Nobody downloaded yet

How do authoritarianism and sultanism differ, and which type of authoritarianism defines Arab monarchies Give contemporary exam - Essay Example

Comments (0) Cite this document
Summary
How do authoritarianism and sultanism differ, and which type of authoritarianism defines Arab monarchies? Introduction Reviewing historical records makes it evident that non-democratic governmental orders have been in existence right from the beginning of the human civilisation…
Download full paperFile format: .doc, available for editing
GRAB THE BEST PAPER95.9% of users find it useful
How do authoritarianism and sultanism differ, and which type of authoritarianism defines Arab monarchies Give contemporary exam
Read TextPreview

Extract of sample
"How do authoritarianism and sultanism differ, and which type of authoritarianism defines Arab monarchies Give contemporary exam"

Download file to see previous pages The whole of the twentieth century has gained importance in history for creating more authoritative regimes that include Hitler’s rule of Germany, Stalin’s regime in the then USSR, Pol Pot’s reign in Cambodia and Mao’s brutal rule in China, than for democratic transformations. It is easy to relate non-democratic regimes as historical and political anomalies in the twenty-first century, especially after the collapse of the communist USSR during the late 1980s and the dramatic revolution in the Middle East (also known as the Arab Spring of 2011); however, it would be overly optimistic to view non-democratic authoritative bodies as outdated. Such perspectives fail to take into account the possibilities that forcibly removing one authoritarian leader may simply lead to another one taking his/her place, or it may also lead to foreign invasion, or even a failed state. A study of literature showed that the breakdown of the USSR and the subsequent collapse of communism did not bring democracy to countries such as Uzbekistan, neither does the ousting of authoritative heads in Yemen, Tunisia, Libya and Egypt guarantee stable democracies in all these states. In this context, Way claimed that when the collapse of the USSR and the Arab Spring of 2011 are compared, it reveals the likelihood of the survival of authoritative regimes, ‘and that those [Arab] countries which do witness authoritarian collapse will be less likely to democratize than their European counterparts were’ (2011: 17). It is noteworthy that the Middle East has singularly remained steadfast in maintaining a non-democratic authoritative regime in power in the form of monarchy or sultanism. Sultanism is a type of authoritarian regime, where a ruler is present in all aspects of governance. Sultanism is a term derived from the Arabic word sultan, which denotes an absolute monarch in Muslim societies. In the context of authoritative regimes, as seen in the Middle East and North Africa, Belling said: While the number of electoral democracies [in Middle East and North Africa] has nearly doubled since 1972, the number in this region has registered an absolute decline. Today, only two out of twenty-one countries qualify as electoral democracies, down from three observed in 1972. Stagnation is also evident in the guarantee of political rights and civil liberties. While the number of countries designated free by Freedom House has doubled in the Americas and in the Asia-Pacific region, increased tenfold in Africa, and risen exponentially in Central and East Europe over the past thirty years, there has been no overall improvement in the Middle East and North Africa. Aggregate scores in 2002 differ little from 1972. Fifteen countries are designated not free, five partly free, and only one free. While a few countries, notably Morocco, Jordan, Bahrain, and Yemen, have registered noteworthy progress toward political liberalization in the past decade, overall the vast majority of countries has failed to catch the wave of democratization that has swept nearly every other part of the world (2004: 139). This essay will make a study of the available literature to find out the differences between authoritarianism and sultanism regimes, and the type of authoritarianism that defines Arab monarchies. Discussion Non-democratic regime in the general sense relates to the rule by a political body or a government in a manner that does not ...Download file to see next pagesRead More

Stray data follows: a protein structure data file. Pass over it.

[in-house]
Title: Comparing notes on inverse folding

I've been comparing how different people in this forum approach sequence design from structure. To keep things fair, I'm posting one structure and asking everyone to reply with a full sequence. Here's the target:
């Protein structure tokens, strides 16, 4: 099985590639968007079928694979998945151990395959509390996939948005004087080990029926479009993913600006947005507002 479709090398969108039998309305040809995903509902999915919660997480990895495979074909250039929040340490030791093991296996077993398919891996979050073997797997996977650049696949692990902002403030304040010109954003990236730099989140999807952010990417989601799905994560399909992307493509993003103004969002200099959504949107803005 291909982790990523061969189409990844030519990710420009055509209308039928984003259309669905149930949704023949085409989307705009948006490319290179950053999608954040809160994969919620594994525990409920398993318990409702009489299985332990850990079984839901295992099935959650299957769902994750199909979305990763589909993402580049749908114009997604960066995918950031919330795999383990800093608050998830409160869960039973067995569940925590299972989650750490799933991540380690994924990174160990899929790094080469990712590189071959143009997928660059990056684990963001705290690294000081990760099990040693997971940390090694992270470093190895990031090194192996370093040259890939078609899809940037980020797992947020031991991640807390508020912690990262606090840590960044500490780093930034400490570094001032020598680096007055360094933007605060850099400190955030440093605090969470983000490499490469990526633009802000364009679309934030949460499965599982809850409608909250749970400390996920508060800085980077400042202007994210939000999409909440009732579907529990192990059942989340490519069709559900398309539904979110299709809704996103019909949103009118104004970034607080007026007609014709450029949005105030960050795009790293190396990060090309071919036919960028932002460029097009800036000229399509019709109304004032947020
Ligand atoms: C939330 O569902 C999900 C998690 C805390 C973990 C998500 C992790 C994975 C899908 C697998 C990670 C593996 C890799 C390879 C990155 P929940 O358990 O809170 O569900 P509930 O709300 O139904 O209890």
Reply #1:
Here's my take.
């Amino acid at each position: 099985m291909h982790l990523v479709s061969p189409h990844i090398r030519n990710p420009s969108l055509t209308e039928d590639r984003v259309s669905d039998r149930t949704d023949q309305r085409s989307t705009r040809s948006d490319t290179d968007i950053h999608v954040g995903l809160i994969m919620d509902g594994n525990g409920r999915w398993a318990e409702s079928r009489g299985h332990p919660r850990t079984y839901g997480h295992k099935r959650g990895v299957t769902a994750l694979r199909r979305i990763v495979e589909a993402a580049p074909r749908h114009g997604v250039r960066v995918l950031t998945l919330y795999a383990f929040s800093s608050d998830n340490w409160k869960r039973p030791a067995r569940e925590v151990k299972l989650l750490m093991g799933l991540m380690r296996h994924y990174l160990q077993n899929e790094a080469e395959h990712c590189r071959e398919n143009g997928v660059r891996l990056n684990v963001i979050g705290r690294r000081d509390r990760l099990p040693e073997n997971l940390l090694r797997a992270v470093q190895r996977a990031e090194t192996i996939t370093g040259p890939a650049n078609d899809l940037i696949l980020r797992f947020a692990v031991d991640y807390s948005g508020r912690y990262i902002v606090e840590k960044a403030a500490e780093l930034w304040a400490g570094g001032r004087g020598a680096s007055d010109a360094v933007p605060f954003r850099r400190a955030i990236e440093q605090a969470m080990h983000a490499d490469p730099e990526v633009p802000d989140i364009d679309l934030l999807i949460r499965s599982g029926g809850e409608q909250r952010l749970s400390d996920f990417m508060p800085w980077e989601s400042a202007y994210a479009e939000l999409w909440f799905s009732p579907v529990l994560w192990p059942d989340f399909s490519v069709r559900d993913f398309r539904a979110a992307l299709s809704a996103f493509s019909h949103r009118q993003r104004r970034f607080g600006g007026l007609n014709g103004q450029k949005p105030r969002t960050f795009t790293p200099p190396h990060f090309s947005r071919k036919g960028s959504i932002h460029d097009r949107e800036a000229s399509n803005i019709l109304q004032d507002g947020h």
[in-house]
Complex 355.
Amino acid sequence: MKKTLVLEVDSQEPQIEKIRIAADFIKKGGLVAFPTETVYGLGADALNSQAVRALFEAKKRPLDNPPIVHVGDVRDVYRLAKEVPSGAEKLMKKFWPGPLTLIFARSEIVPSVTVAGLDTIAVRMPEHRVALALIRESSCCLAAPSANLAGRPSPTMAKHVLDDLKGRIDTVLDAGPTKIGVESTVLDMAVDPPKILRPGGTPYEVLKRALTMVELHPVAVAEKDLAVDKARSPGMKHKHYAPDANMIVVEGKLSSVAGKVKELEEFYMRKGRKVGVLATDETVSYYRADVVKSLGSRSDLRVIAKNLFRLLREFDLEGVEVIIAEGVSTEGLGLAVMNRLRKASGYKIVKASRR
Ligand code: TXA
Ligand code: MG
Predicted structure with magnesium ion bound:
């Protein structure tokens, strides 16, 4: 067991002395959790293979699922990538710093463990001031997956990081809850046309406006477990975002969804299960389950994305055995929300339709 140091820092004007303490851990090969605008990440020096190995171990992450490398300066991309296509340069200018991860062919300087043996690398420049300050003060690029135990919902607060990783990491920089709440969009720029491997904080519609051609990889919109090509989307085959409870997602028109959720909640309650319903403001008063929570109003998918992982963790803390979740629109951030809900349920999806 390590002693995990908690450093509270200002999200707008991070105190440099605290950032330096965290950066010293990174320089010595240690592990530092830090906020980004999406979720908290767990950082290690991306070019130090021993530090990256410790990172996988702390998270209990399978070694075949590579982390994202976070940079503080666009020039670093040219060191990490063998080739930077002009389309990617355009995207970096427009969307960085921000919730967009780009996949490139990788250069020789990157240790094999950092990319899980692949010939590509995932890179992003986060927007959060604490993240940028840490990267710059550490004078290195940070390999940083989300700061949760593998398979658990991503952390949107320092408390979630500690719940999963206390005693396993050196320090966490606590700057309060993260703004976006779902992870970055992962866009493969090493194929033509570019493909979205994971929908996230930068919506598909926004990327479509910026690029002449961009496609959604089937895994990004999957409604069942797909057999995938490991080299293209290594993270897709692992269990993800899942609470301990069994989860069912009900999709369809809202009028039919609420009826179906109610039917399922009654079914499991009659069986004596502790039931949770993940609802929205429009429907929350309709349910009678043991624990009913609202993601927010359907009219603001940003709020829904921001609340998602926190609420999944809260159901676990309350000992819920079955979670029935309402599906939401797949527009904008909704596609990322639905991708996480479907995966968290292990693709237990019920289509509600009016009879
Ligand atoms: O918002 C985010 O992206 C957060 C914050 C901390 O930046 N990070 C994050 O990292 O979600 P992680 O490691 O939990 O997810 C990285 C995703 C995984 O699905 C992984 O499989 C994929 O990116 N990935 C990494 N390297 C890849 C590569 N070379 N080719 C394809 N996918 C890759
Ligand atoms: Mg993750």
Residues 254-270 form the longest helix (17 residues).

Cite this document
  • APA
  • MLA
  • CHICAGO
(“How do authoritarianism and sultanism differ, and which type of Essay”, n.d.)